|On October 20 the 142nd Infantry, by extending its
already widely dispersed battalions, began relieving the 141st from the sector
south of Herpelmont. After only sufficient time for badly needed showers, the Alamo
regiment, moving by night, was assembled near Belmont by the 23rd and started
reconnaissance for the attack. Except for terrain the task did not appear to be too
difficult. The ridge over which the attack was to go was some seven kilometers long but
only about two-and-one-half wide. More than a thousand feet above the valley floor, its
steep sides were cut by numerous deep gullies. The entire ridge was heavily wooded and
badly overgrown. No roads of any kind existed, only one trail. Movement then would
have to be in a column of files. The ridge pointed directly into the German position. When
it had been taken the 36th would surround on three sides the German Corps mountain
position east of the Valogne River.
order to launch the attack came late on October 23. Early next morning the 1st Battalion,
141st, started its trek up the mountain. The 3rd Battalion moved on another trail to the
north to protect the left flank. The attack went well, German opposition was quickly
overcome and by late afternoon the head of the column had gone seven kilometers and
reached its objective.
Then came the counterattack. Striking from both
sides the Germans succeeded in severing the thin column. Companies A and B, a part of
Company C and a platoon of Company D were cut off from the Battalion Commander and the
remainder of the battalion. The only communication existing between the forward part of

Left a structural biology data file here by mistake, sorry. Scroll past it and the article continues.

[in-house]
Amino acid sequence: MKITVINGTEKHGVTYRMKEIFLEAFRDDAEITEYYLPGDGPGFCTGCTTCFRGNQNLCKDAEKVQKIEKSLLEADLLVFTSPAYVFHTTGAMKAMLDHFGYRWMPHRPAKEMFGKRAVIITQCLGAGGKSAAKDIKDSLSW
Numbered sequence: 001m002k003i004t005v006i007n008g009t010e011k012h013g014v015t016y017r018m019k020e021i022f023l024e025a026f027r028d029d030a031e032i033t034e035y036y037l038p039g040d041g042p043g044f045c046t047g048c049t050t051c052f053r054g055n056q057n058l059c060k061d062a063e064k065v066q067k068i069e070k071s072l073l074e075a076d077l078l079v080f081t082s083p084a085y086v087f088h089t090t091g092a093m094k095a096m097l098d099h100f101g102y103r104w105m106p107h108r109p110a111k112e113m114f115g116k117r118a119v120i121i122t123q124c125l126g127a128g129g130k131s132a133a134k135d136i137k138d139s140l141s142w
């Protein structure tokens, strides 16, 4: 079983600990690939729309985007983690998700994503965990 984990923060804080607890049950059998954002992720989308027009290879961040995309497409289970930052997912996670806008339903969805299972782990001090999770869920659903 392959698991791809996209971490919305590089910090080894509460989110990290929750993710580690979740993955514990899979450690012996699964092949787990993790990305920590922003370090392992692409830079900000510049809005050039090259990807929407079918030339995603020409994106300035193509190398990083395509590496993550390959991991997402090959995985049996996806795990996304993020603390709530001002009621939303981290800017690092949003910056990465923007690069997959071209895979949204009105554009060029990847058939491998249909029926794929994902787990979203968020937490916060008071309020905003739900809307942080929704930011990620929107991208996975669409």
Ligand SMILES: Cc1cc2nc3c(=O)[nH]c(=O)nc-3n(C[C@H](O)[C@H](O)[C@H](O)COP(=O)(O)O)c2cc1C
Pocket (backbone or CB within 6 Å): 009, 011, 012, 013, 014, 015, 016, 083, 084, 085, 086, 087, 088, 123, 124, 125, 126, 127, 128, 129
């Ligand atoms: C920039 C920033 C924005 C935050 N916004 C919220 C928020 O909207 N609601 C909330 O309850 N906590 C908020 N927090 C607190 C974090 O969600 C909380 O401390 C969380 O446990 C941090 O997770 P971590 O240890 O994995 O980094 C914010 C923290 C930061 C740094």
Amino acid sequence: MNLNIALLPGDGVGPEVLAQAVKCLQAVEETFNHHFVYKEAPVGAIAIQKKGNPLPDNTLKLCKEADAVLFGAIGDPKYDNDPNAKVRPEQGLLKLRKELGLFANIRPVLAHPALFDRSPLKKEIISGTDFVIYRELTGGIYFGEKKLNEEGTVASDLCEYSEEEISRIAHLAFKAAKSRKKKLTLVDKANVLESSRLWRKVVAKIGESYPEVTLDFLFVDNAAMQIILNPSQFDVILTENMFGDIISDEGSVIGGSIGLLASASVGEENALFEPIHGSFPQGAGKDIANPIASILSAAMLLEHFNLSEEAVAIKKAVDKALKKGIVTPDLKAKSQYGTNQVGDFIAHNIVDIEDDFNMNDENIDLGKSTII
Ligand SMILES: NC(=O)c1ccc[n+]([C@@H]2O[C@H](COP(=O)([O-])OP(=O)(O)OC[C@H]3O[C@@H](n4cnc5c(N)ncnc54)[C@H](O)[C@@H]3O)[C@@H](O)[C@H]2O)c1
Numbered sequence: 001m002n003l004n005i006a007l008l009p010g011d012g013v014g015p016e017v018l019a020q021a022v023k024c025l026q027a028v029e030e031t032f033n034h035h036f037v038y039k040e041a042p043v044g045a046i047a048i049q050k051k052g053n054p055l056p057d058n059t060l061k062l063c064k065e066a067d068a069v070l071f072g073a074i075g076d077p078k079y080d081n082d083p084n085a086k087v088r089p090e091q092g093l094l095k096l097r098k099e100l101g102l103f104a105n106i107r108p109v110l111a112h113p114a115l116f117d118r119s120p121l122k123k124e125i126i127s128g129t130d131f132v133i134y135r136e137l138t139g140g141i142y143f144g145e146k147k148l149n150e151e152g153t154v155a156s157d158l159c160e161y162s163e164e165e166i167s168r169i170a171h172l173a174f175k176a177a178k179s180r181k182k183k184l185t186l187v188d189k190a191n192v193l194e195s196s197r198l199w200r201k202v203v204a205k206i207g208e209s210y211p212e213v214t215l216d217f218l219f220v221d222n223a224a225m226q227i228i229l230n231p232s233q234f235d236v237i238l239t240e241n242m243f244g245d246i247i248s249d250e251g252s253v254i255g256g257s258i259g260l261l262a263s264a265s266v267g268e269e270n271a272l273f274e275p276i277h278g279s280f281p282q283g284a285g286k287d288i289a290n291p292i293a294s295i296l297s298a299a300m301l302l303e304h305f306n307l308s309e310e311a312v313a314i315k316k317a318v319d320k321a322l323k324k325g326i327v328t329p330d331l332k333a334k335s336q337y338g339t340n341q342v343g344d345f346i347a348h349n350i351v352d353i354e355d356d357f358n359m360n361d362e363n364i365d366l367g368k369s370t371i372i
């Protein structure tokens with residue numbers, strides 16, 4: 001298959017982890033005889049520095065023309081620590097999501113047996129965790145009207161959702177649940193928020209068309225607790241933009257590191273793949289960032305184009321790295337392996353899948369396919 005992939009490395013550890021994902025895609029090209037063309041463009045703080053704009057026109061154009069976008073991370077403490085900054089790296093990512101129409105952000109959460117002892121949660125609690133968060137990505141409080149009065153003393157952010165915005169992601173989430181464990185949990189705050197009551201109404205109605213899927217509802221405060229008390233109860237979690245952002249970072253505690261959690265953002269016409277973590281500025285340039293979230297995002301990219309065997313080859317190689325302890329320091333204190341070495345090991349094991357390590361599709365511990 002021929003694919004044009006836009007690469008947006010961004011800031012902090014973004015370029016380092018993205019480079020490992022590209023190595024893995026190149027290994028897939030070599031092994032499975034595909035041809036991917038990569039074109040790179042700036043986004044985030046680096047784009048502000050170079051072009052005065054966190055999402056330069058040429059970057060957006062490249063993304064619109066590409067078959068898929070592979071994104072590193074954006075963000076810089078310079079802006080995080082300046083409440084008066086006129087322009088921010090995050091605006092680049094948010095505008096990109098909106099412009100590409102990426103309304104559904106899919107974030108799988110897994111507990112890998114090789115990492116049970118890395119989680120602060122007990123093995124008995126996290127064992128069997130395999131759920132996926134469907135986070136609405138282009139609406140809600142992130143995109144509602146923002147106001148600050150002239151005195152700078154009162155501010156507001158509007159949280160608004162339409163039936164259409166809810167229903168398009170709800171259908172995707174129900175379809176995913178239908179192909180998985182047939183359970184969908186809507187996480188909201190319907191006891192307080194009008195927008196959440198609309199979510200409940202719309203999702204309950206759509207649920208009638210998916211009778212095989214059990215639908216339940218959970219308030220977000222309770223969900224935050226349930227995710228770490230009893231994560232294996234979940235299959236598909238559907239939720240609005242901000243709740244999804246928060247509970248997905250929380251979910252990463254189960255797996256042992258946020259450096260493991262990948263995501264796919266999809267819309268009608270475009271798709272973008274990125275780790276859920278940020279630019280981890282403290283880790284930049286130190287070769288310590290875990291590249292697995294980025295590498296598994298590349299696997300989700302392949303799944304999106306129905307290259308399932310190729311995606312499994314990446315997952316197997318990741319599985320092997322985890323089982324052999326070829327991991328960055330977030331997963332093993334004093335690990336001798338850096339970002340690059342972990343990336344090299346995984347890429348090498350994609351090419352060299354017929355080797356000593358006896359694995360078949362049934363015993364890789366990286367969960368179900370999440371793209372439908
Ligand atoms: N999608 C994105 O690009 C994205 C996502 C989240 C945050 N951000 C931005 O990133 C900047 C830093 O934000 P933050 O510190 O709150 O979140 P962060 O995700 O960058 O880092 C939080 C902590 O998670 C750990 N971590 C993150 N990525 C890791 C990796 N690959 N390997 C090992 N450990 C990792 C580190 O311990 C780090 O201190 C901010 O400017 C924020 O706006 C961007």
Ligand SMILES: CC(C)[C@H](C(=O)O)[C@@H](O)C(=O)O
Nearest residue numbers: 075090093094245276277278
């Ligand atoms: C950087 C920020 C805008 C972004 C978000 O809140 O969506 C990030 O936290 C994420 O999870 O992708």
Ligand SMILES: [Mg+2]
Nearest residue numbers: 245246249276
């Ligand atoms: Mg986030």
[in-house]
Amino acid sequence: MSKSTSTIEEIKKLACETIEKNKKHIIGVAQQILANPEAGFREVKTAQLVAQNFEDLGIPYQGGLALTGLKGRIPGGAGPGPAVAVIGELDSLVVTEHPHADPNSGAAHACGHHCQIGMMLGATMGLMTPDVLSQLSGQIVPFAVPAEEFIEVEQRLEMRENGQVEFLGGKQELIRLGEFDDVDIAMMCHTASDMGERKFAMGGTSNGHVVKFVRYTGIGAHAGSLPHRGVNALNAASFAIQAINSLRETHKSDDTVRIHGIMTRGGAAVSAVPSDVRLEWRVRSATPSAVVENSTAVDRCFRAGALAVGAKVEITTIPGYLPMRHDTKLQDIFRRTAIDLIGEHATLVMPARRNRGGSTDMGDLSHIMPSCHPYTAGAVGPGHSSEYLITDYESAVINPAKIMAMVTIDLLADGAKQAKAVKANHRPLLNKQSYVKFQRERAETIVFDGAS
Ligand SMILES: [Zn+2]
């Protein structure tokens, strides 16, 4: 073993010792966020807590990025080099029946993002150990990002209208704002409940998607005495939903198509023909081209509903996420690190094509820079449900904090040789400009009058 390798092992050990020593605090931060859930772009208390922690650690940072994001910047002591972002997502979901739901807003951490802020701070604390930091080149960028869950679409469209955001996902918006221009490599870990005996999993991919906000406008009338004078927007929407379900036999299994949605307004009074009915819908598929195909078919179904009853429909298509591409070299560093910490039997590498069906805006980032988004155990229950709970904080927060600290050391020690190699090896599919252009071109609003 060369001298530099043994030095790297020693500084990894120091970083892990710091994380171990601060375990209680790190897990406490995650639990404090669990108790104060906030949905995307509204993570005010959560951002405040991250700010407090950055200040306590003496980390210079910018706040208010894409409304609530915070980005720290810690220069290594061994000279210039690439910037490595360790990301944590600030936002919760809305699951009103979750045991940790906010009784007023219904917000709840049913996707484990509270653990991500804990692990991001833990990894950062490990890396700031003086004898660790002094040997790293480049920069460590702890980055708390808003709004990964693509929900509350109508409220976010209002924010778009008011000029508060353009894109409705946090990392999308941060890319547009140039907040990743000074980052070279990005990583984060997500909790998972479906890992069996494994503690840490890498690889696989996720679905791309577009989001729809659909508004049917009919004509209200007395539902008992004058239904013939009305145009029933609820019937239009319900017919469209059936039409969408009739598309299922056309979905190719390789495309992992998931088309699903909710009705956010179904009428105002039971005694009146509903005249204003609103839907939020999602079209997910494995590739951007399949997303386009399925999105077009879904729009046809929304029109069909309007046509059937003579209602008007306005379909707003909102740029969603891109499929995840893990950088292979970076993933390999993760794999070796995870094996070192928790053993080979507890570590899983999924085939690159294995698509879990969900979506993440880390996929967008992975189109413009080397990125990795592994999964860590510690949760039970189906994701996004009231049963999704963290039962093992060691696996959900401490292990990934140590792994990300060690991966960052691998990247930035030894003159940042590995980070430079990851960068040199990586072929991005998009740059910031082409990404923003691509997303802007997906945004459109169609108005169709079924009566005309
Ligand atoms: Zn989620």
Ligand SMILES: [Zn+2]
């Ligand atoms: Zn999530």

the battalion and Regiment was through the radio of 1st Lieutenant Erwin Blonder, Forward
Observer of the 131st Field Artillery, with Company A.
The 2nd Battalion was brought up that night and
launched against the hostile positions on the left of the trail but found itself blocked
by superior forces east of Biffontaine. For two days and nights the regiment fought
desperately to push its way through, but the enemy, aided by the rough terrain, held the
men off. The defense had every advantage: German artillery pounded the ridge unceasingly
with devastating effect on the attackers. In covered foxholes themselves, the enemy
suffered little from our artillery, the delivery of which was exceedingly difficult
because of the denseness of the forest. On October 25 the 2nd Battalion of the 442nd,
which had come out of the line only the day before, was committed to protect the left
flank and to permit the 3rd Battalion, 141st, to move over toward the "lost"
battalion. On October 26 the remainder of the Nisei regiment was committed to force a
passage down the main trail while the 2nd Battalion, 141st, kept pushing to the right.
Meanwhile the beleaguered force held on. It was
completely surrounded and heavily bombarded by the enemy artillery. Of a combat patrol of
forty men sent out to get through to our line, only five returned. Lt. Blonder, to
conserve his radio batteries, communicated with Regiment only twice a day. For three more
long days, the 100th and 3rd Battalions, 442nd, struggled along the trail. The Germans had
to be dug out by bayonet.
The crisis came late on the 29th when a furious
counter-attack was beaten off by the 3rd Battalion, 442nd. Early next day the Nisei
broke through. The 211 surviving brave men, who had withstood a seven-day siege without
food or water and with little ammunition, had been rescued by their courageous comrades of
the 442nd, whose companies in many cases had shrunk to 40 or 50 men. No greater example of
fortitude and courage was shown in this war.
|The Battalion took its objective and moved past the elbow of
|Discovering that they were cut off, three officers conferred.
|Knives were used to fell trees because axes brought German
|P-47's dive-bombed the battalion with food, water and medicine.
|The Germans watched and picked-up the supplies first.
|The 141st fought to recover the food.